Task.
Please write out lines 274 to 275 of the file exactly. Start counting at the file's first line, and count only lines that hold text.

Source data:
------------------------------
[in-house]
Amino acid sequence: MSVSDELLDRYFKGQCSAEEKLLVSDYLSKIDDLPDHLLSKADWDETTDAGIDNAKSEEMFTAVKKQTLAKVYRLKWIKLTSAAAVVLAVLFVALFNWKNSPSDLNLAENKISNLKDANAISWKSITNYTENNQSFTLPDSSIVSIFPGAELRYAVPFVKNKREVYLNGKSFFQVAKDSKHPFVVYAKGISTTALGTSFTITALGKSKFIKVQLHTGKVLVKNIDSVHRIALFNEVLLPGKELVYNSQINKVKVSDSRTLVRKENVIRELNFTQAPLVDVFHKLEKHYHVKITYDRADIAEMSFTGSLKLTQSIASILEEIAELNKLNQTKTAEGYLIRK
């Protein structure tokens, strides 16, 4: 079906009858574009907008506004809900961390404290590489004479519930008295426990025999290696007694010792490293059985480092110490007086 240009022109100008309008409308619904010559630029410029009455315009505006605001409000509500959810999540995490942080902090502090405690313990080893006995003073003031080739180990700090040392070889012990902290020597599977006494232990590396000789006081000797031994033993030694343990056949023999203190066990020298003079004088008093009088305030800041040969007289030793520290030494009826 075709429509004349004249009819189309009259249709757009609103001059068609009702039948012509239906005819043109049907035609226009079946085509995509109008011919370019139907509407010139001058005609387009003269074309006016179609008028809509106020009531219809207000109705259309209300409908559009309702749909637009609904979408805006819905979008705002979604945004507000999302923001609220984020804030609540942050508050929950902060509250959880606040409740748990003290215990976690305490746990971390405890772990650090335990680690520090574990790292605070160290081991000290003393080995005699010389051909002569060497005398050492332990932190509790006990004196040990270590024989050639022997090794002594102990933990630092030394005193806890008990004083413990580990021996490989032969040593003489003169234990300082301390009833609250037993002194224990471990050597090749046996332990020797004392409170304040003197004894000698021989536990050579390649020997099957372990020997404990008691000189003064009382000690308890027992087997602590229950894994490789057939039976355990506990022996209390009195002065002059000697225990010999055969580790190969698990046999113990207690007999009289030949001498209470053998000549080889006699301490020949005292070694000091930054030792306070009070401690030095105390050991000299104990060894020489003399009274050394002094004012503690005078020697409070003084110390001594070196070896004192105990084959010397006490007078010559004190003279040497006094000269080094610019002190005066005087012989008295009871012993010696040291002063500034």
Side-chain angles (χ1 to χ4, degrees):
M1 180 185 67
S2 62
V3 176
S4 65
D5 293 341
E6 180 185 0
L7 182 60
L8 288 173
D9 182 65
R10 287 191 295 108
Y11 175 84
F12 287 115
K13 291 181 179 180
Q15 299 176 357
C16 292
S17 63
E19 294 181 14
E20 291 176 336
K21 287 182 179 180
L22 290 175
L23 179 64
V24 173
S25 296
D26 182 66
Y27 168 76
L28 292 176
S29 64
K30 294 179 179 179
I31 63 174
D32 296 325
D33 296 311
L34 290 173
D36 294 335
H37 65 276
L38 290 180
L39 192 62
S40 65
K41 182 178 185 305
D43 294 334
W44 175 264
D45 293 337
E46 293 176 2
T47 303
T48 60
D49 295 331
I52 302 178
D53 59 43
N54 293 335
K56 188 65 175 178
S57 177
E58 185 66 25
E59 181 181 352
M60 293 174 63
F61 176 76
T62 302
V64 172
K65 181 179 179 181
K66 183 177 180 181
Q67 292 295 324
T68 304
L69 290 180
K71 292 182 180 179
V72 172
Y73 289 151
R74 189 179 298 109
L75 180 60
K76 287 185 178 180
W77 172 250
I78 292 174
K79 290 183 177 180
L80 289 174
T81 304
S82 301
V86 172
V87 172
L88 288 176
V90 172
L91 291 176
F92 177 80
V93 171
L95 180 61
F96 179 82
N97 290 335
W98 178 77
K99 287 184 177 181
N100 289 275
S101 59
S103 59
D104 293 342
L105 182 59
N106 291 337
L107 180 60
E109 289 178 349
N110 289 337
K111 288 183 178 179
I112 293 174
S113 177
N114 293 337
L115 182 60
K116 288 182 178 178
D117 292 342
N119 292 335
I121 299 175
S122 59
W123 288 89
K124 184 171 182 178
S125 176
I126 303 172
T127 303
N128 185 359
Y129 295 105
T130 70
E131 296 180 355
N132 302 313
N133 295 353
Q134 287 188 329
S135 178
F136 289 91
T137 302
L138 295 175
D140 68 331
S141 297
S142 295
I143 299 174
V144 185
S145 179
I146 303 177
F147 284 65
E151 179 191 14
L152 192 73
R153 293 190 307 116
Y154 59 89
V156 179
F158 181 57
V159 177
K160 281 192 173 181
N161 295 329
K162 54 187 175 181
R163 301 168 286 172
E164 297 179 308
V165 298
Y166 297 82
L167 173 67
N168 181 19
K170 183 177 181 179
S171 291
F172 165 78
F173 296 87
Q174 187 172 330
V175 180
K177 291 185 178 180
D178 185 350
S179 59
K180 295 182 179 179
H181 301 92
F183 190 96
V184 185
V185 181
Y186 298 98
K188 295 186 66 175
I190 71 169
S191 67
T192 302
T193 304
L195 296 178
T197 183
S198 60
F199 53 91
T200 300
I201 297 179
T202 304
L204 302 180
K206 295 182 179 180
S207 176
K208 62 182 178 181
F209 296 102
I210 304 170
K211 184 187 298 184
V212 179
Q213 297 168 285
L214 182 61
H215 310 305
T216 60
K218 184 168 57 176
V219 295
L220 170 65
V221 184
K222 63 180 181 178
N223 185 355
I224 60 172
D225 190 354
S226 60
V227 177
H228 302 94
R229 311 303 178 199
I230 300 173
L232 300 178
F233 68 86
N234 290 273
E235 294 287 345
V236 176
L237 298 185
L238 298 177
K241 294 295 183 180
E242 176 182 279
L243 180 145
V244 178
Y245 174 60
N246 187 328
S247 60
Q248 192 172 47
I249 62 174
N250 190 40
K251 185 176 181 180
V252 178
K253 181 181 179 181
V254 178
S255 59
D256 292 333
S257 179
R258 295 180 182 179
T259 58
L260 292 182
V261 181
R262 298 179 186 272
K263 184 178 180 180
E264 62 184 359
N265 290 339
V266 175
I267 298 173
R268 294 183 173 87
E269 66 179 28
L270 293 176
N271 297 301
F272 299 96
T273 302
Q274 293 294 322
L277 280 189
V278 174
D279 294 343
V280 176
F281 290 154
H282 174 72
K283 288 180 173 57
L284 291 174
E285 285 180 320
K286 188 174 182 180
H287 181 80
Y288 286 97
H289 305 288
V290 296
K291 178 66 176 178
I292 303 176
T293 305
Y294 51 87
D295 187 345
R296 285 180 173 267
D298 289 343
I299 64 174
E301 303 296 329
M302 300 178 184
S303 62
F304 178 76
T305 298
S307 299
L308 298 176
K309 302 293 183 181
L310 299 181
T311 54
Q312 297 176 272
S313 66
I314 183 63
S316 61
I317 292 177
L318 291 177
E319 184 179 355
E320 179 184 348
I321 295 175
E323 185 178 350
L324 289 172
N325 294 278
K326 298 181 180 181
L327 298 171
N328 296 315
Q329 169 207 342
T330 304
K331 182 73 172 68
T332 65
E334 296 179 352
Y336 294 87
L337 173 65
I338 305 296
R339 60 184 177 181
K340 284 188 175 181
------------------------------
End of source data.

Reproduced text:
Q312 297 176 272
S313 66